Finally, Frank notes that just because the parties have announced a settlement, that doesn’t mean the court can’t reject it and issue a ruling — providing guidance to other courts in the circuit on this issue.

In Americana Art, the panel chose to issue an affirming opinion notwithstanding the dismissal because of the ?opportunity to provide additional guidance to the district courts.?… PETA previously stated to this Court that the case presents ?a question of first impression [and] the issue is not a trivial one.? … Given the judicial resources already expended at the district-court and appellate level, the Court can rationally conclude, especially given that PETA is attempting to elide the question of whether it is or is not a ?next friend,? that, if the Court is already close to a decision in this straightforward case, it should provide ?guidance to the district courts? by issuing a decision that would not require much additional expenditure of judicial resources

I would be pleasantly surprised if the 9th Circuit actually keeps the case going and issues an opinion — but at the very least, it shouldn’t ditch the district court ruling.

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Companies: cei, peta

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Comments on “Lawyer: Without The Monkey's Approval, PETA Can't Settle Monkey Selfie Case”

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49 Comments
Roger Strong (profile) says:

While this is a bit of a throwaway line, it’s actually important — and it’s one that David Slater should pay attention to. Allowing PETA to toss out the lower court settlement might not end his legal troubles over this matter. Anyone else alleging to be Naruto’s "next friend" might go right back to court.

(Everyone looks at Charles Harder…)

Toom1275 (profile) says:

Re: Re: Re:

You mean like how after the corrupt Lamar Smith’s sham accusations against NOAA fell apart, a group of partisan hacks called Judicial Watch tried to grab the scientists’ emails in his stead, only to be rightly beaten down in court?
You’re quite right, only somebody incomprehensibly stupid would believe that the demand for emails was ever for a valid purpose.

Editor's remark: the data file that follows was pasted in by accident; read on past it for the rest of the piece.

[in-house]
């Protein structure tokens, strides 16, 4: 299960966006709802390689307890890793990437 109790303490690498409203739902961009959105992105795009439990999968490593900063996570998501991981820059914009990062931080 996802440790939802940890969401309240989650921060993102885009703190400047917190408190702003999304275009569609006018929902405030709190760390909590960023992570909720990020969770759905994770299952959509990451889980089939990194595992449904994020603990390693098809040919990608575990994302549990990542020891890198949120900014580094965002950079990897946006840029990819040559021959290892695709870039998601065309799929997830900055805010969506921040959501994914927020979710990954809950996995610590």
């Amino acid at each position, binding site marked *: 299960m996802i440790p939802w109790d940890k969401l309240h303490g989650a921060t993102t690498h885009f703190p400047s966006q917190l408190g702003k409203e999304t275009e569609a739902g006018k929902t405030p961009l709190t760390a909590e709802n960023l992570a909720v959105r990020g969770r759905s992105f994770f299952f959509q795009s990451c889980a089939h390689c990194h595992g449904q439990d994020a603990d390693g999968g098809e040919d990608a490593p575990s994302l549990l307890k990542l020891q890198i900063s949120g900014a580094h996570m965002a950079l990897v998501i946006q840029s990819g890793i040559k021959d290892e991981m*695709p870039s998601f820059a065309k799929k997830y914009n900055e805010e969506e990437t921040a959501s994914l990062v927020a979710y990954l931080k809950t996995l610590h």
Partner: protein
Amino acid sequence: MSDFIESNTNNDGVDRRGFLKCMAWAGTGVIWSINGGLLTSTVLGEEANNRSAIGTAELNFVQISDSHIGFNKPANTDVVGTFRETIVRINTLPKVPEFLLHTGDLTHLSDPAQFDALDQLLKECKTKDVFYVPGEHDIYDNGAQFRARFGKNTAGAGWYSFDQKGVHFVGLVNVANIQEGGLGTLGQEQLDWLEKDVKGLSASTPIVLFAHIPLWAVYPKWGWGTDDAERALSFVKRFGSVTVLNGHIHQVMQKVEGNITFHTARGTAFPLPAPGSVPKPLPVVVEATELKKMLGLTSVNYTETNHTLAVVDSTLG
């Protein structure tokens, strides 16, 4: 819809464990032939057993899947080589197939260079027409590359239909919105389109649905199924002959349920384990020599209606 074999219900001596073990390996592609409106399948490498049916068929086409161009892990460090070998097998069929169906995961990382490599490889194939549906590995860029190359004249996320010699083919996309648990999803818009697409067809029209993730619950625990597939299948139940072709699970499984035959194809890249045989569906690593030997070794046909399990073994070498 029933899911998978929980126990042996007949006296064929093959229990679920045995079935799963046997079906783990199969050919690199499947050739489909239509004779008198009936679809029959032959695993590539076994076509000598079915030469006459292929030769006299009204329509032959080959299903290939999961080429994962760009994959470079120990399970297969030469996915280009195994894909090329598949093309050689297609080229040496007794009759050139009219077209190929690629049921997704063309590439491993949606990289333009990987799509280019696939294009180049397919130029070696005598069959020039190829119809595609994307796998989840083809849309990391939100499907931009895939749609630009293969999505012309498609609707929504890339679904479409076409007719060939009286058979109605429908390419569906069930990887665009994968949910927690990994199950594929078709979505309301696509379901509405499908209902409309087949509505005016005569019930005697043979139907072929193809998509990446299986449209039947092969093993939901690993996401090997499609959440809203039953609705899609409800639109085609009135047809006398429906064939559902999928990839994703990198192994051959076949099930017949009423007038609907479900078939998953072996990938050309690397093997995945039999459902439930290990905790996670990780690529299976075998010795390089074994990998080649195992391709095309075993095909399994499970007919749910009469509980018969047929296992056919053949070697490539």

Roger Strong (profile) says:

Re: Re: Re: Re:

Don’t forget “Climategate”, where a university email server was hacked and thousands of climate research emails and files were leaked.

Climate change deniers went “AHA!!!” only to find… nothing to support their conspiracy theories. Eight committees investigated the allegations and published reports, finding no evidence of fraud or scientific misconduct.

The deniers had to settle for claims of “deleting evidence” based on someone trying to fit a report onto one printed page.

David says:

Re: Alexandre Dumas Pere beats you:

In response to some racist twit he said:

My father was a mulatto, my grandfather was a Negro, and my great-grandfather a monkey. You see, Sir, my family starts where yours ends.

I think that this applies pretty well to this case where Naruto delivered photographic evidence that it is the one with the least amount of egg on its face considering everyone involved.

Anonymous Anonymous Coward (profile) says:

Correct Identification of the Plaintiff

I want to see someone show up in court with a Macaque monkey and try to prove that it is in fact Naruto. The cross examination would be hilarious:

Lawyer: Are you in fact a Macaque money?

Monkey: ooh ooh aah aah screech

Lawyer: Is that a yes?

Monkey: ooh ooh aah aah screech

Lawyer: OK, maybe we can take that as a yes. Are you in fact Naruto?

Monkey: ooh ooh aah aah screech

Lawyer: Is that also a yes?

Monkey: ooh ooh aah aah screech

Lawyer: OK, um, do you have any identification like a birth certificate?

Monkey: ooh ooh aah aah screech

Judge: Recess for lunch, lawyers in my chambers…now.

Bergman (profile) says:

Re: Re: Baseless threats and PR stunts

That should have scuttled the case right then and there.

Monkey steals camera and accidentally snaps photo, camera owner admits it freely. Right up until it’s pointed out that that means he doesn’t own the rights to the photo. Then suddenly it was all staged to trick the monkey into pressing the shutter button.

The question then becomes — was he lying then or is he lying now? Either way though, he’s outed himself as a liar.

Ninja (profile) says:

Gawd how I laughed with this one. The jokes in the article about the settlement got a whole lot funnier with this.

I hope PETA gets their collective arses handed back to them in a plate by the court. Slater has already paid the price of his copyright antics with his bankruptcy and honestly even with his past actions I think it was too much and make PETA look even worse in this case.

John Mitchell (profile) says:

Attorney-client relationship

If Naruto wants to waive his attorney-client privilege, how can he go about doing so?

Suppose Naruto wanted his work to be in the public domain, how will we ever know?

If Naruto would like to license his work for two bananas per day, how would his attorney know whether he would settle for one banana per day, plus a crotch scratch?